• art thiel

      Gamesmanship aside, Sherman is honest, win or lose. Newton should have learned it earlier, but he’s waited until the biggest moment in sports to get a lesson.

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  • mrRef63

    Art, I continue to be thoroughly entertained by you insight to articles such as this! You are a master at your craft and this reader really enjoys your mastery! From one Lute to another…you are terrific!

    • art thiel

      You made my Saturday. Thanks.

  • notaboomer

    white people want cam newton to spout cliches. got it. so he can be classy like peyton, right?

    • Mark Miller

      Really? Why must it ALWAYS be about RACE with some people! He was immature, and has to learn to handle that as a human being. P.E.R.I.O.D!

      • notaboomer

        for some it’s about rape apparently.

        • Mark Miller

          What is it that makes you think this is the appropriate place for that discussion? One has nothing to do with the other. THIS article is about Cam and his performance during the Superbowl as the NFC champion. Nothing else. Save it for another appropriate article.

          • notaboomer

            i thought it was a chat about QBs and their conduct.

          • Mark Miller

            Listen. I get it you appear to have an axe to grind. Fine. This was not a conversation about accusations with regards to other QB’s. It is an article about one QB who had problems dealing with what occurred in the game, and hopes that (our team) can capitalize on what appears to be a possible maturity flaw in the future facing him.

            You friend are the person who introduced race.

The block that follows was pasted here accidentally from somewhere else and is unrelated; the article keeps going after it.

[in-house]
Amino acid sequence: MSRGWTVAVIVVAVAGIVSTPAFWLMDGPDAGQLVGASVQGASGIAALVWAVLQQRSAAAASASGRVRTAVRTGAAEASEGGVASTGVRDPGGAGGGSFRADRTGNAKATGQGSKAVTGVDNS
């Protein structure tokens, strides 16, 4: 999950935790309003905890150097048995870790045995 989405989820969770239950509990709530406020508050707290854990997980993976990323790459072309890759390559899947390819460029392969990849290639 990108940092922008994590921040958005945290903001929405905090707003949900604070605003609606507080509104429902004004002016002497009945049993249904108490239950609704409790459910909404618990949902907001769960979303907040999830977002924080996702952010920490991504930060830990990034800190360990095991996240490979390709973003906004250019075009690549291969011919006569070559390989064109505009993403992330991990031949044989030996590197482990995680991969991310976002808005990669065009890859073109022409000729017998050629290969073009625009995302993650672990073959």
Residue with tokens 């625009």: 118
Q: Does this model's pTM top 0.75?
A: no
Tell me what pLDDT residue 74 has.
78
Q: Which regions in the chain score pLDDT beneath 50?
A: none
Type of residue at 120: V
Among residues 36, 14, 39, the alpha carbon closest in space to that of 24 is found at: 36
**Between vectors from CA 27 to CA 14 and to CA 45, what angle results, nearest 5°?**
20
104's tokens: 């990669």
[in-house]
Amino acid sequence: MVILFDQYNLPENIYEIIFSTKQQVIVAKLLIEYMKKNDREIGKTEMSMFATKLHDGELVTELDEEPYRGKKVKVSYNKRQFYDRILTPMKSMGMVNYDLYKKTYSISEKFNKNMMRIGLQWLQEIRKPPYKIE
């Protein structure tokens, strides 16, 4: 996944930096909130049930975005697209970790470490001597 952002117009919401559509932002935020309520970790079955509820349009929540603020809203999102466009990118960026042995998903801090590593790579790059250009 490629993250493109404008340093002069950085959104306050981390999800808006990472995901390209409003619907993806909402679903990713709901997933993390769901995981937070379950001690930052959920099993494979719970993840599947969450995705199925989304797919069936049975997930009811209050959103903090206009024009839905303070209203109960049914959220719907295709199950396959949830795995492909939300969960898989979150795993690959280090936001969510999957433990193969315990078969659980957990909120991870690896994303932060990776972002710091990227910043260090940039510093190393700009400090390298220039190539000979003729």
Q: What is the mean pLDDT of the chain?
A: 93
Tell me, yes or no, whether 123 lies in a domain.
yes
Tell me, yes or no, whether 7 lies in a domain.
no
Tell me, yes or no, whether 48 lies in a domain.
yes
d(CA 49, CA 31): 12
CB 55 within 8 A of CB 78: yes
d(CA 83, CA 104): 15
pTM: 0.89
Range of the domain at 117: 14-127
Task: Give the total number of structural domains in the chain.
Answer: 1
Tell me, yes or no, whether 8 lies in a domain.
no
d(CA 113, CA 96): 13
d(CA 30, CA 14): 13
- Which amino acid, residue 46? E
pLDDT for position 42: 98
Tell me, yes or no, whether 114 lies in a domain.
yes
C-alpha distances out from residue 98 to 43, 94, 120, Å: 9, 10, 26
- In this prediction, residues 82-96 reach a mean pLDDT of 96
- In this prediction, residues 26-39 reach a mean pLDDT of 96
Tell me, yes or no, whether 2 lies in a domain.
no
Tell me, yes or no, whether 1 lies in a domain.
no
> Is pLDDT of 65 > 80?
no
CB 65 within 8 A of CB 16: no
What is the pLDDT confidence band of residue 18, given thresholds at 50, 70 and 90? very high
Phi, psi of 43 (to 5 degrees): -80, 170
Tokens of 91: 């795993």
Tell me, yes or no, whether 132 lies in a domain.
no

I don’t know if what Manning is accused of is true, and yes I read the article. I don’t care for him either as a player for that matter. If he did the things she claims he should pay the cost for doing so. That said, race has nothing to do with CN and his behavior at and around the super bowl which you attempted to insinuate.

            Poor attitudes, poor sportsmanship and childish behavior are color blind. Newton should held to the standards of leadership for a NFL QB. Note: that to is colorblind.

            The fact that CN is afro-American has nothing to do with measurement of either his maturity or leadership in that game and possibly others to come.

            Respectfully said, you are entitled to your opinions.

          • notaboomer

            race is an issue for the cam newton analysis whether you like it or not. don’t believe me, google or twitter search it.

          • Mark Miller

            In THIS ARTICLE comment section you injected it. There was no need. You also injected a totally different topic. Enough with division and insinuation! Cam is a QB. One that has maturity issues.

            Also, in my opinion people that would equate his poor sportsmanship to the color of his skin are ignorant no matter who they would be. Nobody HERE did that but YOU.

            Pathetic! Get over the SJW b.s.

            Content of character works much better.

          • art thiel

            Not sure I find Newton’s field-of-play issues in Wilson, Moon, Harris, McNabb, Cunningham and numerous other African American QBs.

          • Justin Van Eaton

            Even Tyrod Taylor and Teddy Bridgewater have better on-field maturity, despite some serious growing pains as QB’s.

    • art thiel

      I think the point is to keep his cool on the field so he doesn’t hurt his team. Words are far secondary.

  • notaboomer

    maybe cam should try abstinence.

    Ciara opens up about difficulties of remaining abstinent with Russell Wilson: ‘I’m human, so it is not easy’